Scripture is an epic describing the immense and sacred journey which God calls us fulfill, individually and communally. Even the cosmos participates. The world began in chaos, “formless and void” (Genesis 1:2) as unlike God as anything we can imagine so God created order. God took unified objects and separated them into Creation. From the waters, God made sky and sea. From light/darkness, God created day and night. From the light, the Sun and Moon. The combined seas and land he separated. He created fish out of the sea and beasts and plants and humans out of the land. Humanity into male and female. Humanity is very good and innocence but naive. So God separates humanity from the Tree of Life and humanity must walk between life and death. Even humanity’s language becomes separated at Babel.
The rest of the First Testament features God and humanity grappling to bridge these separations. Over and over God attempts reconciliation through separation. God separates Noah, Abraham, and then Moses from their people to start anew. “Changing his mind,” (Exodus 32:14) God expands from individuals to the entire nation of Israel whom God separates from the Egyptians and Canaanites. God gives Torah to bridge the separation between God’s perfection and humanity’s sin to “be holy as I am holy.” God separates the Sabbath to be holy. God gives the Tabernacle and Temple for Heaven to intersect Earth. God establishes the Levitical priesthood as a separated tribe to join God and Israel. But Israel never attains God’s ambition. God sends judges, kings, angels, and prophets; God sends visions, prophecies, discipline, and Exile but still humanity flounders.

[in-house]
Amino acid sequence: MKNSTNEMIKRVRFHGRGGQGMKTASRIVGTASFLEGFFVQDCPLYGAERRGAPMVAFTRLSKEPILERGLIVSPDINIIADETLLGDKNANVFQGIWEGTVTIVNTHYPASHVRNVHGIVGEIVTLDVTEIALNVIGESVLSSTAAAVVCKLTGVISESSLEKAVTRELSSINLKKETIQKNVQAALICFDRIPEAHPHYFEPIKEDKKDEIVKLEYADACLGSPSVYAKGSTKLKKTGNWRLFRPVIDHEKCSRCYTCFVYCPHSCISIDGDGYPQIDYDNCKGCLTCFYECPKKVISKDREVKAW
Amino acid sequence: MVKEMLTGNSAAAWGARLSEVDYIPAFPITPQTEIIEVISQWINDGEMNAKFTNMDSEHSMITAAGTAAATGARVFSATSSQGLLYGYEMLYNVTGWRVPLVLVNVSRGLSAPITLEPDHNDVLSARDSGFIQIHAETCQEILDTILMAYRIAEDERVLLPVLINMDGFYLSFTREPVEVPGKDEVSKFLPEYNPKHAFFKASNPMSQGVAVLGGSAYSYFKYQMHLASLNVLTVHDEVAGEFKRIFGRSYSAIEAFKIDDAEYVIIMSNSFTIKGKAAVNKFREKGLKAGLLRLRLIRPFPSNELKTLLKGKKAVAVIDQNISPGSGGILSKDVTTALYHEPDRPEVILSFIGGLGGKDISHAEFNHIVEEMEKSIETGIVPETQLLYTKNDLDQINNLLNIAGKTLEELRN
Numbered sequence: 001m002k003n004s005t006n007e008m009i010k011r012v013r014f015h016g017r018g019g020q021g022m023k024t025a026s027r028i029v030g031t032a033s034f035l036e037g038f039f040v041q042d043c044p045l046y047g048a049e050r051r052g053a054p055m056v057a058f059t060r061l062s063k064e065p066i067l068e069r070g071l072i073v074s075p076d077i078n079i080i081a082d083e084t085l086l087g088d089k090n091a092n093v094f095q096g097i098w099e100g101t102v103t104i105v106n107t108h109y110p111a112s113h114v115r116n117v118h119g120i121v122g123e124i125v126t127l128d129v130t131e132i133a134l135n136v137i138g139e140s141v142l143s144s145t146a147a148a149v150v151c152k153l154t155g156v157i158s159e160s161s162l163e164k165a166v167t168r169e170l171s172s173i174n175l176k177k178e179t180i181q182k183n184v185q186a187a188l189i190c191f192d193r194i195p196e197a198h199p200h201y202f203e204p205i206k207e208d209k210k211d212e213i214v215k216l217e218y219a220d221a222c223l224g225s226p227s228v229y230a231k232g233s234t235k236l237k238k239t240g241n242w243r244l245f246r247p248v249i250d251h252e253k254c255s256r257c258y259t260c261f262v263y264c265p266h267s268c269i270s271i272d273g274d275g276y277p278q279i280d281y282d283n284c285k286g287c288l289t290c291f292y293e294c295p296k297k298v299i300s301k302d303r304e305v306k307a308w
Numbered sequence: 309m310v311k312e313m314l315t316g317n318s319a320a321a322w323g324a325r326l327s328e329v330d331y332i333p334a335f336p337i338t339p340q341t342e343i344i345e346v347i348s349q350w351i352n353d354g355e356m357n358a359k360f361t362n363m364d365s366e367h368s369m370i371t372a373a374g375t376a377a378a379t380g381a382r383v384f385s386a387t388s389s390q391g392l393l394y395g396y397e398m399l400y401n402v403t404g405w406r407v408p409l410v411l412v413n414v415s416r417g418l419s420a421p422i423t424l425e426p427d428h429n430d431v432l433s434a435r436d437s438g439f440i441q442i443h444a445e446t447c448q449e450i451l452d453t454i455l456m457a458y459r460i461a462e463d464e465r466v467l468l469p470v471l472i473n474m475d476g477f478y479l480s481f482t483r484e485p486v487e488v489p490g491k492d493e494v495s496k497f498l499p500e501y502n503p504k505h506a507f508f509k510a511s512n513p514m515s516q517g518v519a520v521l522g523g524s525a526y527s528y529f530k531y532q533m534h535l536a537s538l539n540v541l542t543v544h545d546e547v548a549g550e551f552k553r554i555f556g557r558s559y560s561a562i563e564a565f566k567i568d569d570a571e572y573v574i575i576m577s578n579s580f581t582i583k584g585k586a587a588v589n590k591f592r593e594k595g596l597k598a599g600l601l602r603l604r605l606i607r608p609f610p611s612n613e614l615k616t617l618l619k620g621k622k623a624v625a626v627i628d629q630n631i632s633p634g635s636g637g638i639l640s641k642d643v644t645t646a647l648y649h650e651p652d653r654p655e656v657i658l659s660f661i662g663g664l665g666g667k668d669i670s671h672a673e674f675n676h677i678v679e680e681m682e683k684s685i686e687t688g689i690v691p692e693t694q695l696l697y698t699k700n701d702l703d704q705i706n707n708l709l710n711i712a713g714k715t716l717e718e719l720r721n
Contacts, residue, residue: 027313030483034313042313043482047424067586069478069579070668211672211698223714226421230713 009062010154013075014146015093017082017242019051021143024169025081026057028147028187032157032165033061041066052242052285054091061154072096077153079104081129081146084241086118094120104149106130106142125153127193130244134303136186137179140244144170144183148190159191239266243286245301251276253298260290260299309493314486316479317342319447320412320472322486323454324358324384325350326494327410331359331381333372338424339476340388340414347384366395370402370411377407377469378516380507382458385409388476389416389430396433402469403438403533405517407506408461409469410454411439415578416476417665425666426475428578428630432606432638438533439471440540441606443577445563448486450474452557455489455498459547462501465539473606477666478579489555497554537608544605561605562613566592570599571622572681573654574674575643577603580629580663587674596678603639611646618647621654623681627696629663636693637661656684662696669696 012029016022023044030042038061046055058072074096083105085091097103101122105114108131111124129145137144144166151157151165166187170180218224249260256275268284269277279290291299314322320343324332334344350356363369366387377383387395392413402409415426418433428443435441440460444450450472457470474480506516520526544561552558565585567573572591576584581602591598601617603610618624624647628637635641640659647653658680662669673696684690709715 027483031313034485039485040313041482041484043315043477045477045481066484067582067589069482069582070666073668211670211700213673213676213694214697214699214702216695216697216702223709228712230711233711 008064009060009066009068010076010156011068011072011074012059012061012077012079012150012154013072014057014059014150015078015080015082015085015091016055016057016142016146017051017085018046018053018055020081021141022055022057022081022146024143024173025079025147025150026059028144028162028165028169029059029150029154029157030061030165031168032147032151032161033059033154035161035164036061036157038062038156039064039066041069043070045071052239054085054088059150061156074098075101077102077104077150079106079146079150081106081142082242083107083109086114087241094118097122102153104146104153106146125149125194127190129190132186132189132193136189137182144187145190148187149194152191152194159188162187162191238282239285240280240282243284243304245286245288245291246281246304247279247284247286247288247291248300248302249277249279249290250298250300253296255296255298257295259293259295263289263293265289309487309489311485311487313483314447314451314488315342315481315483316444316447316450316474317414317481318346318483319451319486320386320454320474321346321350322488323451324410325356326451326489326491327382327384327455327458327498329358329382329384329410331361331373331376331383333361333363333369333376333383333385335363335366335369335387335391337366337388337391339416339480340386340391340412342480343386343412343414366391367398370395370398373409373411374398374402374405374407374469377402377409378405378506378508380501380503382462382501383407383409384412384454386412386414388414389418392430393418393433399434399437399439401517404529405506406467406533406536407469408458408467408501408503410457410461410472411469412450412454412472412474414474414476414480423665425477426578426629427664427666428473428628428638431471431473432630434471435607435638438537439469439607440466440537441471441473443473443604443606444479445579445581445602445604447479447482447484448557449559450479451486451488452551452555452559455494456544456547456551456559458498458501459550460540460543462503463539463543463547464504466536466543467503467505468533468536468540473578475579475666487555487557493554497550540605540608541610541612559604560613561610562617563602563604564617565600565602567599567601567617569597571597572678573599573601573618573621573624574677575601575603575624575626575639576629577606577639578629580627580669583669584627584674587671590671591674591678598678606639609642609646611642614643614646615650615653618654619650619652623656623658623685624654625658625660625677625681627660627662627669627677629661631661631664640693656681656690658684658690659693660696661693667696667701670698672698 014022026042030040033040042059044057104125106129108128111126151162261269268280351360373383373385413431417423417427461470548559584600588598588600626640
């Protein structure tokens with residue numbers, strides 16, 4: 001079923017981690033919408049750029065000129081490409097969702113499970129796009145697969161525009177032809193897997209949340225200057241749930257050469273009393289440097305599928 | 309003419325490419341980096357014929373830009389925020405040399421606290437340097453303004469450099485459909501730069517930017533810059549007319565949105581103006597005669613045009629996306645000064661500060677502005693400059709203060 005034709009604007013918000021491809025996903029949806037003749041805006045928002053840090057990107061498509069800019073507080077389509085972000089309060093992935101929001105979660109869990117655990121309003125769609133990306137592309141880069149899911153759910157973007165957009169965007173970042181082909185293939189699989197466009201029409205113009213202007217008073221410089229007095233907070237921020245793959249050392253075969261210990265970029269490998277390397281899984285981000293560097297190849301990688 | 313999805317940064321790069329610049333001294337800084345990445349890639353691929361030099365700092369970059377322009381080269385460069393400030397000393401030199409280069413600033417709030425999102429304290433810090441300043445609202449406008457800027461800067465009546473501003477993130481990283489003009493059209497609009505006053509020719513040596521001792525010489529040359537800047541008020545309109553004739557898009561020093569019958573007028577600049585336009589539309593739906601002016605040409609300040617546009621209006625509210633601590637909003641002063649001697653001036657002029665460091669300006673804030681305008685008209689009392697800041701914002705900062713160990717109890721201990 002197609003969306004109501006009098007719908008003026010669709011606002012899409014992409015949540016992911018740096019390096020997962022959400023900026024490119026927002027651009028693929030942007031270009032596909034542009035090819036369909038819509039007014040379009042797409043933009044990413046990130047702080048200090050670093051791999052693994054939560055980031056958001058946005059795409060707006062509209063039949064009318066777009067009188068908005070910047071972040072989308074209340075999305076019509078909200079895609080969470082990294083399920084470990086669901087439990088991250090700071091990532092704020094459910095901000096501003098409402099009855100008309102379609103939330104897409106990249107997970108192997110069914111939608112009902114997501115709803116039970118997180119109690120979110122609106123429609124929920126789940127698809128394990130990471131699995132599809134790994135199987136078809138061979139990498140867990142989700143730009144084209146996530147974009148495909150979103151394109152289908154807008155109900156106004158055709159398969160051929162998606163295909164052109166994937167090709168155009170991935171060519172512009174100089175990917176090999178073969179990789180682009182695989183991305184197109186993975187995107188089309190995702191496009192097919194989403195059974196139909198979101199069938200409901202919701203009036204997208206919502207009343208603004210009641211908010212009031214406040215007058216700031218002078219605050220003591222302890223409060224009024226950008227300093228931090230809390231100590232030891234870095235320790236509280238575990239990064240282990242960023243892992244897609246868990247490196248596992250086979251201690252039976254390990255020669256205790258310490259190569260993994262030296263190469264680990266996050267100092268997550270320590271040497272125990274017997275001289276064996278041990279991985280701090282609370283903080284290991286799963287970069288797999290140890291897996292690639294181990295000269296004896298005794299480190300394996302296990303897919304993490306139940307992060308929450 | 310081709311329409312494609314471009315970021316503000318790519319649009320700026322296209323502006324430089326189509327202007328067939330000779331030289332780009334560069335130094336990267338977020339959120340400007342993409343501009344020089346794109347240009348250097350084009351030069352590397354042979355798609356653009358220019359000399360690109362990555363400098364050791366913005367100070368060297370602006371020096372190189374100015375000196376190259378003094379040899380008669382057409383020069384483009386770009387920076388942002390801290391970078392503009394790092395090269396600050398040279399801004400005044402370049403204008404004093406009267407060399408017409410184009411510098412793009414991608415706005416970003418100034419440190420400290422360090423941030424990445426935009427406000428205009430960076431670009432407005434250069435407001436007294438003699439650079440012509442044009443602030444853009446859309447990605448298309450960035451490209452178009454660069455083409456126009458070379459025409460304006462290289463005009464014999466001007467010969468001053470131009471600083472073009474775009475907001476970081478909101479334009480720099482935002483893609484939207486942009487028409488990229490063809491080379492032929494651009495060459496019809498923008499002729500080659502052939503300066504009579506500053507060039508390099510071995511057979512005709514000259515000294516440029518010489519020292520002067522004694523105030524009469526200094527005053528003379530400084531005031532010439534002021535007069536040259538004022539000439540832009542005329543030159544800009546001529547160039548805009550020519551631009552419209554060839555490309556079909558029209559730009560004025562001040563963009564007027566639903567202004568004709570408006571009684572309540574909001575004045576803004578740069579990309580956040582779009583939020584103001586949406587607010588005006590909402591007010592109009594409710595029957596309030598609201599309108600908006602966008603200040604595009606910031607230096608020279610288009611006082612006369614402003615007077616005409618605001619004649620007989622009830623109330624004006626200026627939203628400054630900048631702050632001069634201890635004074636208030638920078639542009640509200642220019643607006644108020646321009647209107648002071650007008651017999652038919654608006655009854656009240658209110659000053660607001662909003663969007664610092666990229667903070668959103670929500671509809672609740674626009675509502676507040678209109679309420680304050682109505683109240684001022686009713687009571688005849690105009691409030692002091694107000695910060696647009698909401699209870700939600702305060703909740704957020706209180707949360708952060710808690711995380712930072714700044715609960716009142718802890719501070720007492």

In the New Testament, God has another approach or rather, God fulfills the first approach. Instead of buildings, laws, and prophets, God becomes the bridge between God and humanity in the form of the Son of God. Jesus fulfills the Torah (Matthew 5:17); Jesus fulfills the Temple (John 2:19); Jesus fulfills the priesthood (Hebrews 7); Jesus fulfills the kingship (Mark 12:35-37) Jesus fulfills the angels (Hebrews 1) and the Sabbath and on and on. In the Incarnation, Jesus joins God and humanity. Because Jesus’ father was not Jewish, Jesus joins Jews and Gentiles. In the Crucifixion, Jesus joins God and sin (2 Corinthians 5:21). In the Resurrection, Jesus joins life and death. In the Ascension, Jesus joins Heaven and Earth.
But it is not enough that Jesus does these things. We must do them also. As Jesus was born the Son of God, Jesus calls us to be born again as children of God. As Jesus carried the Cross, Jesus calls us to carry our cross. As Jesus died, we must die. “Now God has not only raised the Lord, but will also raise us up through His power.” (1 Corinthians 6:14, NASB) Jesus is called the firstborn among the dead because others will follow. Even as Jesus will judge the living and the dead, Christians will judge the world (1 Corinthians 6:2).
“I am in the Father and you in me and I in you.” (John 14:20, NASB) The mission of all Christians is become brothers and sisters of Christ, to metaphorically become Jesus. In the Orthodox Church, we quote St. Augustine, “God became man so that man could become god.” (Note, “god,” not “God.”) For some reason this is controversial to Christians. It should and must not be! Rejecting this is rejecting Christ.